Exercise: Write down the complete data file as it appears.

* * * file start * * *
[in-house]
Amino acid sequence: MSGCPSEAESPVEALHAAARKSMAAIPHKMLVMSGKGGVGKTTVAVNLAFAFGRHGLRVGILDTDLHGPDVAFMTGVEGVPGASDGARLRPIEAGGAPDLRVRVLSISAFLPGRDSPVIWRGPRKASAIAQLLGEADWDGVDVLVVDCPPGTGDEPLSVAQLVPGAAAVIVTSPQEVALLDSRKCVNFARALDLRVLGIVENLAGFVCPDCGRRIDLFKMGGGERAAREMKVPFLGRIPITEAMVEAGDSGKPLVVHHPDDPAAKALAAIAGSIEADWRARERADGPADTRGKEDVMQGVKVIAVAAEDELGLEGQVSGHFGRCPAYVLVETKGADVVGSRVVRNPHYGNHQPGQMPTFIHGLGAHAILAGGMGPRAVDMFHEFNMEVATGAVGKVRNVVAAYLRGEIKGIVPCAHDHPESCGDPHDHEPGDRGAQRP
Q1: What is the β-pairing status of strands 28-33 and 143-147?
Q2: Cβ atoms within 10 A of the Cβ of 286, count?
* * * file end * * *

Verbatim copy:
[in-house]
Amino acid sequence: MSGCPSEAESPVEALHAAARKSMAAIPHKMLVMSGKGGVGKTTVAVNLAFAFGRHGLRVGILDTDLHGPDVAFMTGVEGVPGASDGARLRPIEAGGAPDLRVRVLSISAFLPGRDSPVIWRGPRKASAIAQLLGEADWDGVDVLVVDCPPGTGDEPLSVAQLVPGAAAVIVTSPQEVALLDSRKCVNFARALDLRVLGIVENLAGFVCPDCGRRIDLFKMGGGERAAREMKVPFLGRIPITEAMVEAGDSGKPLVVHHPDDPAAKALAAIAGSIEADWRARERADGPADTRGKEDVMQGVKVIAVAAEDELGLEGQVSGHFGRCPAYVLVETKGADVVGSRVVRNPHYGNHQPGQMPTFIHGLGAHAILAGGMGPRAVDMFHEFNMEVATGAVGKVRNVVAAYLRGEIKGIVPCAHDHPESCGDPHDHEPGDRGAQRP
Q1: What is the β-pairing status of strands 28-33 and 143-147?
Q2: Cβ atoms within 10 A of the Cβ of 286, count?